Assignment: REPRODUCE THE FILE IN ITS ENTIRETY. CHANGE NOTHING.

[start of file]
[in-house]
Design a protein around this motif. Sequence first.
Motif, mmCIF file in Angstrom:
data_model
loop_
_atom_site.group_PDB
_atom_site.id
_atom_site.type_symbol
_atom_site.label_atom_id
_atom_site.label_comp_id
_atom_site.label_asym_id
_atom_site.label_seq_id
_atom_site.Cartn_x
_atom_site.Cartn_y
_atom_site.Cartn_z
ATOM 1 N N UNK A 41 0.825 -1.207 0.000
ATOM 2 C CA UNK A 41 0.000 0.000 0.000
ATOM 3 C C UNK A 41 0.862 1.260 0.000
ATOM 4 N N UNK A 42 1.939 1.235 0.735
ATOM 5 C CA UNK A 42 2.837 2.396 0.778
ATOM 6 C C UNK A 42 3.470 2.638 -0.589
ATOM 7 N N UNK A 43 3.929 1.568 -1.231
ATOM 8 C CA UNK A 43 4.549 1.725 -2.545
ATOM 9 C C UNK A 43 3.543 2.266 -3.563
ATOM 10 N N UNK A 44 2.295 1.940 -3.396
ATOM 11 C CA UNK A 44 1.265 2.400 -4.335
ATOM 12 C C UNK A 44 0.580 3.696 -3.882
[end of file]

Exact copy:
[in-house]
Design a protein around this motif. Sequence first.
Motif, mmCIF file in Angstrom:
data_model
loop_
_atom_site.group_PDB
_atom_site.id
_atom_site.type_symbol
_atom_site.label_atom_id
_atom_site.label_comp_id
_atom_site.label_asym_id
_atom_site.label_seq_id
_atom_site.Cartn_x
_atom_site.Cartn_y
_atom_site.Cartn_z
ATOM 1 N N UNK A 41 0.825 -1.207 0.000
ATOM 2 C CA UNK A 41 0.000 0.000 0.000
ATOM 3 C C UNK A 41 0.862 1.260 0.000
ATOM 4 N N UNK A 42 1.939 1.235 0.735
ATOM 5 C CA UNK A 42 2.837 2.396 0.778
ATOM 6 C C UNK A 42 3.470 2.638 -0.589
ATOM 7 N N UNK A 43 3.929 1.568 -1.231
ATOM 8 C CA UNK A 43 4.549 1.725 -2.545
ATOM 9 C C UNK A 43 3.543 2.266 -3.563
ATOM 10 N N UNK A 44 2.295 1.940 -3.396
ATOM 11 C CA UNK A 44 1.265 2.400 -4.335
ATOM 12 C C UNK A 44 0.580 3.696 -3.882